Understand clients’ emotional reasoning

Being able to understand your client’s emotional reasoning will help you to mitigate any risks arising from emotionally-driven decisions. The more you’re able to understand your clients’ emotions, the better you can pre-empt any decisions they might make with level, considered advice. 

Understand client behaviour

When you understand their motivations, both positive and negative, you can better understand your client’s behaviour. This will enable you to see things from their perspective and help them to make good decisions, manage their expectations more efficiently and build better relationships with them.

Understand client biases

Client biases can cause clients to make less-than-ideal decisions and requests regarding their financial portfolio. Knowing and being able to identify these biases in our clients can help us to ensure clients are taking the best-possible action regarding their finances and investments. 

Of course, potentially pointing out biases may upset or offend clients, which is why advisers need to be empathetic and broach the topic in a sensitive way that focuses more on the solution than the problem. 

What practical behavioural finance techniques can you implement immediately?

While studying behavioural finance at greater length is beneficial, there are a few behavioural finance tactics you can implement without any study required. It’s all linked to better understanding your client and what makes them tick to try and predict and mitigate potential future decisions they might make in certain situations.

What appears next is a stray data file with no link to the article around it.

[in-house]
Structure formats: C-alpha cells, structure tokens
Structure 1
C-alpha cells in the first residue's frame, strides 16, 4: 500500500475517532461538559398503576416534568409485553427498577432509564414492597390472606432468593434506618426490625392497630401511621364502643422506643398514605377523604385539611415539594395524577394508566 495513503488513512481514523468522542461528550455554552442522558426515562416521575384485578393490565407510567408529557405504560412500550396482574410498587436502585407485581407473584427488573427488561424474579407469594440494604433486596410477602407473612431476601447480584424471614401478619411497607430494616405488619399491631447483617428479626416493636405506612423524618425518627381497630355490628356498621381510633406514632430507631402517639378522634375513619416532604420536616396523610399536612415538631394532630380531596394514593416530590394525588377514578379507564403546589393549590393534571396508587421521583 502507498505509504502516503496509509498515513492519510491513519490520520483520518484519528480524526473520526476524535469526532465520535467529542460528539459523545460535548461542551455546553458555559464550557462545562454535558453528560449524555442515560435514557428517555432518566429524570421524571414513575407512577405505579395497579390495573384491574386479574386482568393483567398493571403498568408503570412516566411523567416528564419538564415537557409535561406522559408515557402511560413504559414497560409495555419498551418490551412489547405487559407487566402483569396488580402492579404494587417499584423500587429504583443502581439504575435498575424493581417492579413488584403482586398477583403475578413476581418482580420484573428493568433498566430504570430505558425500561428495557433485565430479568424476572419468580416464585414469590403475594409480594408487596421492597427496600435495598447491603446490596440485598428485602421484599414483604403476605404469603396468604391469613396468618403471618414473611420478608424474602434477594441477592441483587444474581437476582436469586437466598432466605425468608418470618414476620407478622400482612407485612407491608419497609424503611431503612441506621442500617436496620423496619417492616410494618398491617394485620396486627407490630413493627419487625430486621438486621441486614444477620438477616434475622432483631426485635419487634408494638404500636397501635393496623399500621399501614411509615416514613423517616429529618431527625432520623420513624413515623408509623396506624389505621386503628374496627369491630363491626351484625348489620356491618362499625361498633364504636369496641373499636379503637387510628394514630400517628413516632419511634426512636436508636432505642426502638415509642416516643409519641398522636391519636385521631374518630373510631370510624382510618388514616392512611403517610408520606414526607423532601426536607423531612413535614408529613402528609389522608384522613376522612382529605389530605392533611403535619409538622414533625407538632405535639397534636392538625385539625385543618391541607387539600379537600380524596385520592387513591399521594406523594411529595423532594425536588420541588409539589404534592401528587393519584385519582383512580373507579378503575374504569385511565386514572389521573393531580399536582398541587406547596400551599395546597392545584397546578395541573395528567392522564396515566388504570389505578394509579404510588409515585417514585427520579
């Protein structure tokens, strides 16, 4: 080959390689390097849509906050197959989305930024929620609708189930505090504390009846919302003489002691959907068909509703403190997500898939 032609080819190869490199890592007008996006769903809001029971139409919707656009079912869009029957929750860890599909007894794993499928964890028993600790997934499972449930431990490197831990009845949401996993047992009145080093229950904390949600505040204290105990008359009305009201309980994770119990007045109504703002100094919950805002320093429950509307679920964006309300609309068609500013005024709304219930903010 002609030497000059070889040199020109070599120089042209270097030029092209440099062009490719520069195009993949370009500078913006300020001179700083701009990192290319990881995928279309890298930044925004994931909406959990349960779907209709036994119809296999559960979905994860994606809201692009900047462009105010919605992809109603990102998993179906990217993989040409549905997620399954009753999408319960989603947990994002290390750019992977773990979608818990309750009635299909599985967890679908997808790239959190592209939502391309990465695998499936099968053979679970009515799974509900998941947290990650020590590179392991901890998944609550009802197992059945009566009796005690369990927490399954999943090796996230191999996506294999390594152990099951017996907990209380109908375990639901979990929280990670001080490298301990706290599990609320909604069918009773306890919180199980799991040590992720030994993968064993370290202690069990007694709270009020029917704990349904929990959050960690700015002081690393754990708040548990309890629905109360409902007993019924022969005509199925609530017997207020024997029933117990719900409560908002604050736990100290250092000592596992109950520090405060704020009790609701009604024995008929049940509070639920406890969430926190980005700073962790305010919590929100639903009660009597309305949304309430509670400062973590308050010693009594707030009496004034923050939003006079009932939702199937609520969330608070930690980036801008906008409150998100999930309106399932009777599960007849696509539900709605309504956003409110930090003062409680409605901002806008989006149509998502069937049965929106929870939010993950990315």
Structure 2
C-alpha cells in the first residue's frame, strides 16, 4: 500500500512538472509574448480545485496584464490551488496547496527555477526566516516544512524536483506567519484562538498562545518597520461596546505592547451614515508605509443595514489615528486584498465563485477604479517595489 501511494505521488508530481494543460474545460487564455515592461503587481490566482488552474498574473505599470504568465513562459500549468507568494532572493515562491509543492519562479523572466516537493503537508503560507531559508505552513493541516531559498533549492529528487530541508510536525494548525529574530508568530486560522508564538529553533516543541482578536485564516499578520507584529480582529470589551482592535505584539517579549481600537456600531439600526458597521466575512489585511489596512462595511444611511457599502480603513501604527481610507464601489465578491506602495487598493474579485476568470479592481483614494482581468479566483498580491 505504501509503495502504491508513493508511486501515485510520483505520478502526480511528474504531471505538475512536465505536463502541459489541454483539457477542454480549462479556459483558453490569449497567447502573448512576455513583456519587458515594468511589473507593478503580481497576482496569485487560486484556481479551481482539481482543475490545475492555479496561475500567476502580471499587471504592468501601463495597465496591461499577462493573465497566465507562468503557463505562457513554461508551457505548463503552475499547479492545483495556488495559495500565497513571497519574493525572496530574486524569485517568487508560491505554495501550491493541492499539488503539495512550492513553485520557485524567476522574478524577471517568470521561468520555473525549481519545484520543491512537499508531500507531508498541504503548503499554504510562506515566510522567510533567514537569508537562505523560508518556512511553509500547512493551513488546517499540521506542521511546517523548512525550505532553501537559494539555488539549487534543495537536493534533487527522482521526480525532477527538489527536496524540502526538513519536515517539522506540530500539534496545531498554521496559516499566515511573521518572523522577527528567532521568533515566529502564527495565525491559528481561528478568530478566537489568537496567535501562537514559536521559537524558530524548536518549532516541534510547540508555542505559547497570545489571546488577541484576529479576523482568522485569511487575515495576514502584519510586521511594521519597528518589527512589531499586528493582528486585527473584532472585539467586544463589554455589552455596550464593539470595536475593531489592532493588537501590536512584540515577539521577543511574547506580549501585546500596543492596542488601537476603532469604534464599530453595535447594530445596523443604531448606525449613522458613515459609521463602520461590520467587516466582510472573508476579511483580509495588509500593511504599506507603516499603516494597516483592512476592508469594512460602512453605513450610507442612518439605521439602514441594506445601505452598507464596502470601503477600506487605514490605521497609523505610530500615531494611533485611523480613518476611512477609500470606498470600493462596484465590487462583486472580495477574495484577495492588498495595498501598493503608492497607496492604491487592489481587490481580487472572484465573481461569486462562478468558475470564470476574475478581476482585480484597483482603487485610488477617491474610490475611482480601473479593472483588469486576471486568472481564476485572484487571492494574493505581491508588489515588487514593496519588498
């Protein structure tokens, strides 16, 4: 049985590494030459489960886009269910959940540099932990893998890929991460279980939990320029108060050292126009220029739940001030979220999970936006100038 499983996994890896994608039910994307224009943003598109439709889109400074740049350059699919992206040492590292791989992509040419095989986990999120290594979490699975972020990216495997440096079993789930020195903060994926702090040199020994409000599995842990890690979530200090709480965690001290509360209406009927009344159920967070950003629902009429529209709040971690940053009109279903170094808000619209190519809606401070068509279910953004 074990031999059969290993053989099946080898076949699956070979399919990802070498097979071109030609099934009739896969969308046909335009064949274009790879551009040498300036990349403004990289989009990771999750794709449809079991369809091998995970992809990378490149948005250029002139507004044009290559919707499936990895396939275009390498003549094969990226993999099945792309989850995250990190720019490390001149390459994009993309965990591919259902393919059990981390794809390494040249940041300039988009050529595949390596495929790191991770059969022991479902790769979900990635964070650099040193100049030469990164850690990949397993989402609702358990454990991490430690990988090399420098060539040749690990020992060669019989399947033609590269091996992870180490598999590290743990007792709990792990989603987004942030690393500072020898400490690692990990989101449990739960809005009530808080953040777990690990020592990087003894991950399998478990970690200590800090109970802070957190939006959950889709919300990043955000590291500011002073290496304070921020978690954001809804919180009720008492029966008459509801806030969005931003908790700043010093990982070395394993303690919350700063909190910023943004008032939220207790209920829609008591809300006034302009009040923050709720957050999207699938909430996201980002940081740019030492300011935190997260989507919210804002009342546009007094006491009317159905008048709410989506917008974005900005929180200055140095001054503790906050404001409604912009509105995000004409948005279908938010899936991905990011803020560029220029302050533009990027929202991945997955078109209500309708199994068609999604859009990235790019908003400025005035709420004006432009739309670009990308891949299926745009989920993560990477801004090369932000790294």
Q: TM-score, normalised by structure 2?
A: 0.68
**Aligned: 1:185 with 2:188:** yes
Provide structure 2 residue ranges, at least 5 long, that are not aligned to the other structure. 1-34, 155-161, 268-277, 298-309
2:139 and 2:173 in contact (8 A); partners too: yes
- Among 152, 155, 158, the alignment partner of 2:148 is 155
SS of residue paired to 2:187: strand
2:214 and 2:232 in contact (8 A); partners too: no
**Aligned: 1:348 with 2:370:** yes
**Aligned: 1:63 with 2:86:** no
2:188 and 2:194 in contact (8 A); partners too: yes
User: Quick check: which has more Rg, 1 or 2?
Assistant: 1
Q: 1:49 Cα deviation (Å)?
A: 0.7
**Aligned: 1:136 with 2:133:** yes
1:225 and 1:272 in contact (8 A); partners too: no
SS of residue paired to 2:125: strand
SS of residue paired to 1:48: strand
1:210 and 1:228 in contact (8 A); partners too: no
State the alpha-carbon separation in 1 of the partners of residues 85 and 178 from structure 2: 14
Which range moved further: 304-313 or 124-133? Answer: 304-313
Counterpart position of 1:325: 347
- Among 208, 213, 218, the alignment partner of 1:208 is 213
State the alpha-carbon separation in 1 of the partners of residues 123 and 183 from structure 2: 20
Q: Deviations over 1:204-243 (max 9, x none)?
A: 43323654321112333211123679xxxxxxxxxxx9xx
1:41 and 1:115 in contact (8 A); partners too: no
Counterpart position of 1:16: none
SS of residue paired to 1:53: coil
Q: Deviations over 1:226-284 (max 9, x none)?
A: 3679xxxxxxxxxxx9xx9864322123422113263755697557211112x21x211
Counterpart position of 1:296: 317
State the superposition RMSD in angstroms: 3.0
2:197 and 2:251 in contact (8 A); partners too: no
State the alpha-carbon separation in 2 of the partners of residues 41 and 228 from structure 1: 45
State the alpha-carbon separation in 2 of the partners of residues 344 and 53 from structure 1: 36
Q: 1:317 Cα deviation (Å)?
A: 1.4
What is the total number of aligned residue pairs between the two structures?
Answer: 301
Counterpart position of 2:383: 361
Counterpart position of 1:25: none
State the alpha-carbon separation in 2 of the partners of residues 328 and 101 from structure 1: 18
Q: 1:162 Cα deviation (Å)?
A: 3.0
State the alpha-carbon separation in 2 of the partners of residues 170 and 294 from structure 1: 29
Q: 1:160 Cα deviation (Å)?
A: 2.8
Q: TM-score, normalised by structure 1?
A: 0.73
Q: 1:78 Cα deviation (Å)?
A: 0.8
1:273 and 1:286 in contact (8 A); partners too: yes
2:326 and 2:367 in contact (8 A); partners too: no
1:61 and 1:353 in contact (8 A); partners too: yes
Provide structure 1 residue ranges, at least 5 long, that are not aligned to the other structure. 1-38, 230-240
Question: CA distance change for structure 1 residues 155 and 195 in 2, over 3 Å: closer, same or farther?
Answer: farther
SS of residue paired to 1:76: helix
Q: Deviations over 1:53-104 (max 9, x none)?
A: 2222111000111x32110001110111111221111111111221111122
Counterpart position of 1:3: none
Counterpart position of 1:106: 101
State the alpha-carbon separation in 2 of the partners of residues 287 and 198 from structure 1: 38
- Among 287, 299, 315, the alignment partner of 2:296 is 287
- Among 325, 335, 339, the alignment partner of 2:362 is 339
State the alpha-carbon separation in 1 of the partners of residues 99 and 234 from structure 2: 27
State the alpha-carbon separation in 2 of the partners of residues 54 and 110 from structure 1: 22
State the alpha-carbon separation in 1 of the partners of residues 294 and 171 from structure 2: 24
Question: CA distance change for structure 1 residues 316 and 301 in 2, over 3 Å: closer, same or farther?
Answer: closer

Get to know your clients well from the beginning

Anytime you onboard new clients, make sure you talk to them at length about their lives, their goals and aspirations and fears. The more you know and understand about your clients, the more capable you’ll be to guide them and positively influence their behaviours. 

Be their financial therapist and emphasise open communication

Therapy and support; woman holding another woman's hand.

Don’t just collect information about your clients at the beginning  – keep updating your understanding throughout the relationship. As time goes on, people and their circumstances change, influencing their financial choices. Make it clear to your clients that they can talk to you at any point about any interests, worries or concerns they might have so you can prevent them from possibly making impulsive decisions that could hurt their portfolios. 

Talk to clients about their existing biases and behaviours

When clients come to you as their adviser, they’re trusting you to leverage your expertise and guide them to making the best possible financial decisions. Sometimes this might require having conversations about their past or current habits or biases. 

Framing the discussion from the perspective of helping the client improve their financial situation, instead of their bias being a problem, can help to smooth this out and ultimately lead to better outcomes.